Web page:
Sixty percent of subsidized households report having at least one family member with a mental or physical disability as compared to 46 percent of eligible households. A significantly higher share of subsidized households report difficulty walking or climbing stairs (46%), stooping or kneeling (39%), reaching above their head (18%), and grasping objects (13%). Links to an enlarged version of the same figure.

Note: ***p<0.001, **p<0.01, *p<0.05
Source: JCHS tabulations of HUD, American Housing Survey 2011.

In terms of accessibility, we found that the homes of older adults receiving HUD subsidies were significantly more accessible than the eligible comparison group. We estimated that 18 percent of subsidized older households had livable units while another 35 percent lived in homes that could be made accessible (Figure 2). Only 7 percent of eligible older adults had units that were livable in terms of  accessibility. This difference could relate to the higher level of disability among older adults in subsidized housing, but the finding held even when controlling for household and housing characteristics. We also found that the chance of residing in a livable unit is 6.1 percent higher for subsidized households than for the eligible renters.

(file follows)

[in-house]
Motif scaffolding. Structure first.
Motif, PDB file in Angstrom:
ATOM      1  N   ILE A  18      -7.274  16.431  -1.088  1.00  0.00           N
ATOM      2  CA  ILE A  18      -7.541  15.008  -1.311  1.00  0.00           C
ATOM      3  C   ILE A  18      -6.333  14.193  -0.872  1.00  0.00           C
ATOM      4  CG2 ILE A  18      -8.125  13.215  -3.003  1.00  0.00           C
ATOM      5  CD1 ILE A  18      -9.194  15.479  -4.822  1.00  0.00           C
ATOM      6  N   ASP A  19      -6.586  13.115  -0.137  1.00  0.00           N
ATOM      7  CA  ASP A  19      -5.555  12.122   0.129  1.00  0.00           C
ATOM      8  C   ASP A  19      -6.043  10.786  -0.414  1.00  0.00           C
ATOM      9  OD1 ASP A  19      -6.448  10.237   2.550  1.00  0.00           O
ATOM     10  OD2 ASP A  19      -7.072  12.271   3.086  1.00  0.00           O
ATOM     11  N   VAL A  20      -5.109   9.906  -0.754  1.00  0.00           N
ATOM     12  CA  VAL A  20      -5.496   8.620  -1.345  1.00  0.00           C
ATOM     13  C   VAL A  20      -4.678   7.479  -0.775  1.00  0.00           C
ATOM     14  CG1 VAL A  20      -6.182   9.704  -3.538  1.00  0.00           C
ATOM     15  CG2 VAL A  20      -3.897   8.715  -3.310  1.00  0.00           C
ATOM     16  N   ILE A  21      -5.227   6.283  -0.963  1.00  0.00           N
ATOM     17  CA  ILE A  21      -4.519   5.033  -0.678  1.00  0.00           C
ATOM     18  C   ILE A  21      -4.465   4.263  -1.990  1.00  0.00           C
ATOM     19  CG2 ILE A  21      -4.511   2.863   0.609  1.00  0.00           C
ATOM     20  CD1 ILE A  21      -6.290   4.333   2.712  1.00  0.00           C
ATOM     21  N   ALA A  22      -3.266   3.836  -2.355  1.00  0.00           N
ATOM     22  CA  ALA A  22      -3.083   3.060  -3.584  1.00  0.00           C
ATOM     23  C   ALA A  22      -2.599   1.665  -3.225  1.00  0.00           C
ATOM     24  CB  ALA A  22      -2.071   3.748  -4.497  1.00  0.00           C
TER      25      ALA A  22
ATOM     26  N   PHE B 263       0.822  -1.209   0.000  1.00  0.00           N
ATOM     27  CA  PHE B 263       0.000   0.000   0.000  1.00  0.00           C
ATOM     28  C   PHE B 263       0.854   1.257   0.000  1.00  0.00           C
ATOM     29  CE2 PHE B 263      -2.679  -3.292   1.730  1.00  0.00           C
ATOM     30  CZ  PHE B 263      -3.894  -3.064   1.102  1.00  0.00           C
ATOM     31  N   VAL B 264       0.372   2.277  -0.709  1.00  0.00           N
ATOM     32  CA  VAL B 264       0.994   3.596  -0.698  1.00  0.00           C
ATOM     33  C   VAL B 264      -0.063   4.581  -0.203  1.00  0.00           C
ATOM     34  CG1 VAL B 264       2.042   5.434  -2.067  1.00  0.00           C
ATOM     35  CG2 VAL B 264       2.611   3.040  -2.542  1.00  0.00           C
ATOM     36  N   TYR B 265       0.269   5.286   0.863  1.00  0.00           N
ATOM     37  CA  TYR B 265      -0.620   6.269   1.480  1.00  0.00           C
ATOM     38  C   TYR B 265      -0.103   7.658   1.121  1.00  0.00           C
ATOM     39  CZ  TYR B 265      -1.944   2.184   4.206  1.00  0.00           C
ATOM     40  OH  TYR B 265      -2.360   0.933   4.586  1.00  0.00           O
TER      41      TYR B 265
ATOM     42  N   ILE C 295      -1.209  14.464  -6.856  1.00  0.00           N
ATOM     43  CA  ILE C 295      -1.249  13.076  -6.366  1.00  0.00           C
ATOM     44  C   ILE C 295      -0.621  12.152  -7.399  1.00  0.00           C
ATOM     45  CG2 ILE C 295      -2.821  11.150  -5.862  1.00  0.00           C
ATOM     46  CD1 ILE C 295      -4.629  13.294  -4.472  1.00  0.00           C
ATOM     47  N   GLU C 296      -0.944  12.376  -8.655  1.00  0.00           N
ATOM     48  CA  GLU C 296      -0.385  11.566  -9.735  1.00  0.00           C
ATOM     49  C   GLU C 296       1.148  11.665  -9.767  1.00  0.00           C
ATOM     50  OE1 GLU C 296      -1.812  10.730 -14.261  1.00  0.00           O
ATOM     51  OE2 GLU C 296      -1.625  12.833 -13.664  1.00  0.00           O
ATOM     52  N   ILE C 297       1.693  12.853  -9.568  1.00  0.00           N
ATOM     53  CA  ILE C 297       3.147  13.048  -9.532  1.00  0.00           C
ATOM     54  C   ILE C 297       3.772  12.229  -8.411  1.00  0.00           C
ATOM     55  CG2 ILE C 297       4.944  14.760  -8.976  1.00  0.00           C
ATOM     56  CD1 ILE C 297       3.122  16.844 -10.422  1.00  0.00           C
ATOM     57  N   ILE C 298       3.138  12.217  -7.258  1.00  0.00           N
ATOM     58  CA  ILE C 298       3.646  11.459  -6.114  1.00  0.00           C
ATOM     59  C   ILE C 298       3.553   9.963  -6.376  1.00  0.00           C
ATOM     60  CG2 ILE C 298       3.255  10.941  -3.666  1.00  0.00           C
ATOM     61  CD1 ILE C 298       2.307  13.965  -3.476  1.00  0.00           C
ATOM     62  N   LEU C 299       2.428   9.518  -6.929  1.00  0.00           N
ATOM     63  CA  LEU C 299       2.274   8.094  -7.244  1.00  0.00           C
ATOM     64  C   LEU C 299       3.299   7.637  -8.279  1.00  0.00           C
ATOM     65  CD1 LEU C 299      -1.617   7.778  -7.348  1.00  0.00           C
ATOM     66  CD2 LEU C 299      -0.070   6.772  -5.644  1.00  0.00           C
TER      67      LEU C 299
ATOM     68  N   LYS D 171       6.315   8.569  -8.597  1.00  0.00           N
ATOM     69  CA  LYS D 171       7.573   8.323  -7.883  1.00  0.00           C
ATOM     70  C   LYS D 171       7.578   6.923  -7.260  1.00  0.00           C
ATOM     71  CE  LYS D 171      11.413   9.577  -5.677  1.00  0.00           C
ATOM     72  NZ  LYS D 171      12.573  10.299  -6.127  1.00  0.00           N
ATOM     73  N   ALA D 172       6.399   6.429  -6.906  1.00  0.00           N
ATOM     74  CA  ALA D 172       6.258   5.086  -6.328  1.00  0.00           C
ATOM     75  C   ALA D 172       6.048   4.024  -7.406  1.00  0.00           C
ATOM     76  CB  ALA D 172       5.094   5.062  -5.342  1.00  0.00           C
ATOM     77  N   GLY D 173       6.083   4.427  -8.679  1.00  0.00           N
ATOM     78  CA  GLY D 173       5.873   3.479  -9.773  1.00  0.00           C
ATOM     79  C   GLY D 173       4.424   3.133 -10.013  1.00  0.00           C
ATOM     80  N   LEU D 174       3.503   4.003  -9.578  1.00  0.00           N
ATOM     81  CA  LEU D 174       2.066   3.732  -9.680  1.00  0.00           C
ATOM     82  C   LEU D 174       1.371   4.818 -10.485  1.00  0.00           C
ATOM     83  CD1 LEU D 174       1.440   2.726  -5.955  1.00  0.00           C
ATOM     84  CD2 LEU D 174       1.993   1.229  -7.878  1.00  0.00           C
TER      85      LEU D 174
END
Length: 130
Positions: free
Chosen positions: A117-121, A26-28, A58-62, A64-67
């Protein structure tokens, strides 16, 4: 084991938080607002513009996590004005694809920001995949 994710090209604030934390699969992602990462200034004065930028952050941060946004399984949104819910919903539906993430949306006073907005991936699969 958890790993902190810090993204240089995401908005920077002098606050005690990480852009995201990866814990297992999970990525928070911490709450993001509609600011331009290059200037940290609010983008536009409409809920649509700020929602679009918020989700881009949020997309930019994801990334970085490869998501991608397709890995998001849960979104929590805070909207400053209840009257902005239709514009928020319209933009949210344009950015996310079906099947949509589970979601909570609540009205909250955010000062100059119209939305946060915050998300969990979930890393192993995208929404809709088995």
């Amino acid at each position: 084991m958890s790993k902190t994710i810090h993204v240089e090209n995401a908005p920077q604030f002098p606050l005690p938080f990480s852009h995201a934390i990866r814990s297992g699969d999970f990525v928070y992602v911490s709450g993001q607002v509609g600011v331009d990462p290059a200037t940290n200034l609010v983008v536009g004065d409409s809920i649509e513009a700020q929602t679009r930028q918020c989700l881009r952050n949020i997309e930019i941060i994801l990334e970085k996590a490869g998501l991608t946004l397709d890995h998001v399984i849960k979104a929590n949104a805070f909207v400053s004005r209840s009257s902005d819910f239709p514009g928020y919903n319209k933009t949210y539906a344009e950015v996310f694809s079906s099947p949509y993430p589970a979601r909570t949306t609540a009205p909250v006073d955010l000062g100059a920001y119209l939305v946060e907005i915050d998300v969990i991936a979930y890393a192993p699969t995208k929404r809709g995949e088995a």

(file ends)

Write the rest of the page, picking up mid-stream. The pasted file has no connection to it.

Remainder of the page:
Figure 2: Very few subsidized or eligible older adult renters live in units that are currently accessible

This figure is a visual representation of the data in the preceding paragraph. Links to an enlarged version of the same figure.